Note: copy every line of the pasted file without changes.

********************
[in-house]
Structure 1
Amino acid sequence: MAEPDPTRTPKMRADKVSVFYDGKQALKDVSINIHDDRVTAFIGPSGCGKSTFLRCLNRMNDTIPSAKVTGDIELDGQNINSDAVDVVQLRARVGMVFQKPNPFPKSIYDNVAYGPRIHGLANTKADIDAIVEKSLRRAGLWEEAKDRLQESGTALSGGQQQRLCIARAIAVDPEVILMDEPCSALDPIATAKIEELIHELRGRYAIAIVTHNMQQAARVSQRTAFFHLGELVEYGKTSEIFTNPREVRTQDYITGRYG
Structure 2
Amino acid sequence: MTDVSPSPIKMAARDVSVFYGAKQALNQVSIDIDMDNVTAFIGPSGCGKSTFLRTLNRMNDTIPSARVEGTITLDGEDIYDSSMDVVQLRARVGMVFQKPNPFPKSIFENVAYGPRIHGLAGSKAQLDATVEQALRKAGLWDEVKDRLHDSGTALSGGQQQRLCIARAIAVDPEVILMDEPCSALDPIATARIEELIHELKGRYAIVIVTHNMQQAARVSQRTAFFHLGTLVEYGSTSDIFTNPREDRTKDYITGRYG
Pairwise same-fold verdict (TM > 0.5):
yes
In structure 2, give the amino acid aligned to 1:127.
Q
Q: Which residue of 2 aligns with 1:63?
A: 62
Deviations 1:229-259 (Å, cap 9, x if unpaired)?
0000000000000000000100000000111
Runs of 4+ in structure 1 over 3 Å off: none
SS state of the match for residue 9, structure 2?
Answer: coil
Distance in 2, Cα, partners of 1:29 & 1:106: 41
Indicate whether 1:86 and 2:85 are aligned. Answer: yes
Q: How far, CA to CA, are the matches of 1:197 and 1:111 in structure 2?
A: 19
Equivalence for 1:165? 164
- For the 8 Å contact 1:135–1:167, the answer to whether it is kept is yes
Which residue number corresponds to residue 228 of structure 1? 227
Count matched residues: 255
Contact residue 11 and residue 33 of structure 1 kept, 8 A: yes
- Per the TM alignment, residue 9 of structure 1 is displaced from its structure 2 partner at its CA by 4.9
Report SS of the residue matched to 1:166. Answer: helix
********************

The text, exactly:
[in-house]
Structure 1
Amino acid sequence: MAEPDPTRTPKMRADKVSVFYDGKQALKDVSINIHDDRVTAFIGPSGCGKSTFLRCLNRMNDTIPSAKVTGDIELDGQNINSDAVDVVQLRARVGMVFQKPNPFPKSIYDNVAYGPRIHGLANTKADIDAIVEKSLRRAGLWEEAKDRLQESGTALSGGQQQRLCIARAIAVDPEVILMDEPCSALDPIATAKIEELIHELRGRYAIAIVTHNMQQAARVSQRTAFFHLGELVEYGKTSEIFTNPREVRTQDYITGRYG
Structure 2
Amino acid sequence: MTDVSPSPIKMAARDVSVFYGAKQALNQVSIDIDMDNVTAFIGPSGCGKSTFLRTLNRMNDTIPSARVEGTITLDGEDIYDSSMDVVQLRARVGMVFQKPNPFPKSIFENVAYGPRIHGLAGSKAQLDATVEQALRKAGLWDEVKDRLHDSGTALSGGQQQRLCIARAIAVDPEVILMDEPCSALDPIATARIEELIHELKGRYAIVIVTHNMQQAARVSQRTAFFHLGTLVEYGSTSDIFTNPREDRTKDYITGRYG
Pairwise same-fold verdict (TM > 0.5):
yes
In structure 2, give the amino acid aligned to 1:127.
Q
Q: Which residue of 2 aligns with 1:63?
A: 62
Deviations 1:229-259 (Å, cap 9, x if unpaired)?
0000000000000000000100000000111
Runs of 4+ in structure 1 over 3 Å off: none
SS state of the match for residue 9, structure 2?
Answer: coil
Distance in 2, Cα, partners of 1:29 & 1:106: 41
Indicate whether 1:86 and 2:85 are aligned. Answer: yes
Q: How far, CA to CA, are the matches of 1:197 and 1:111 in structure 2?
A: 19
Equivalence for 1:165? 164
- For the 8 Å contact 1:135–1:167, the answer to whether it is kept is yes
Which residue number corresponds to residue 228 of structure 1? 227
Count matched residues: 255
Contact residue 11 and residue 33 of structure 1 kept, 8 A: yes
- Per the TM alignment, residue 9 of structure 1 is displaced from its structure 2 partner at its CA by 4.9
Report SS of the residue matched to 1:166. Answer: helix